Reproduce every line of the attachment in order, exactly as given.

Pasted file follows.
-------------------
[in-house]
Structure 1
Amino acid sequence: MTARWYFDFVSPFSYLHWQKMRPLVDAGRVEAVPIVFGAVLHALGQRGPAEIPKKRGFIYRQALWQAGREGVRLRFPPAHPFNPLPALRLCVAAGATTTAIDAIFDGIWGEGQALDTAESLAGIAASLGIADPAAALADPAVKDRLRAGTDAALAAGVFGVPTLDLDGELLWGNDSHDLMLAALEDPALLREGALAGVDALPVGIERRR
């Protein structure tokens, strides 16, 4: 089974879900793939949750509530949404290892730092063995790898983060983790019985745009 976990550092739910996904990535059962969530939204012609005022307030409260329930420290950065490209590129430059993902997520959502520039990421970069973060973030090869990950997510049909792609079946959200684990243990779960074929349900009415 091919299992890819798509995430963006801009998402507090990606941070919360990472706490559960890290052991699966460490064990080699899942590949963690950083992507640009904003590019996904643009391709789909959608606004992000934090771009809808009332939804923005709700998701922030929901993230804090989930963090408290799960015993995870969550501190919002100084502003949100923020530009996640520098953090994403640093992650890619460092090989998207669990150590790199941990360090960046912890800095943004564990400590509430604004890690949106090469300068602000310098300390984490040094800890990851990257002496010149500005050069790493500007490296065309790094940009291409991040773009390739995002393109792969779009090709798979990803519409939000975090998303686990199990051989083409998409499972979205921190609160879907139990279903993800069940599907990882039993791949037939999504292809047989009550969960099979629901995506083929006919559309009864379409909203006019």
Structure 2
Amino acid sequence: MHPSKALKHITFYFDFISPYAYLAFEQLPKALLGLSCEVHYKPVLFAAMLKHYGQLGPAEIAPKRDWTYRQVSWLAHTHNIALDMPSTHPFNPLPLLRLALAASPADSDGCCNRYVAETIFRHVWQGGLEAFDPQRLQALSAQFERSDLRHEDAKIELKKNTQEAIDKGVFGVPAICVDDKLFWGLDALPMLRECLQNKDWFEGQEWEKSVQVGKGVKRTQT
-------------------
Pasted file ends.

[in-house]
Structure 1
Amino acid sequence: MTARWYFDFVSPFSYLHWQKMRPLVDAGRVEAVPIVFGAVLHALGQRGPAEIPKKRGFIYRQALWQAGREGVRLRFPPAHPFNPLPALRLCVAAGATTTAIDAIFDGIWGEGQALDTAESLAGIAASLGIADPAAALADPAVKDRLRAGTDAALAAGVFGVPTLDLDGELLWGNDSHDLMLAALEDPALLREGALAGVDALPVGIERRR
């Protein structure tokens, strides 16, 4: 089974879900793939949750509530949404290892730092063995790898983060983790019985745009 976990550092739910996904990535059962969530939204012609005022307030409260329930420290950065490209590129430059993902997520959502520039990421970069973060973030090869990950997510049909792609079946959200684990243990779960074929349900009415 091919299992890819798509995430963006801009998402507090990606941070919360990472706490559960890290052991699966460490064990080699899942590949963690950083992507640009904003590019996904643009391709789909959608606004992000934090771009809808009332939804923005709700998701922030929901993230804090989930963090408290799960015993995870969550501190919002100084502003949100923020530009996640520098953090994403640093992650890619460092090989998207669990150590790199941990360090960046912890800095943004564990400590509430604004890690949106090469300068602000310098300390984490040094800890990851990257002496010149500005050069790493500007490296065309790094940009291409991040773009390739995002393109792969779009090709798979990803519409939000975090998303686990199990051989083409998409499972979205921190609160879907139990279903993800069940599907990882039993791949037939999504292809047989009550969960099979629901995506083929006919559309009864379409909203006019």
Structure 2
Amino acid sequence: MHPSKALKHITFYFDFISPYAYLAFEQLPKALLGLSCEVHYKPVLFAAMLKHYGQLGPAEIAPKRDWTYRQVSWLAHTHNIALDMPSTHPFNPLPLLRLALAASPADSDGCCNRYVAETIFRHVWQGGLEAFDPQRLQALSAQFERSDLRHEDAKIELKKNTQEAIDKGVFGVPAICVDDKLFWGLDALPMLRECLQNKDWFEGQEWEKSVQVGKGVKRTQT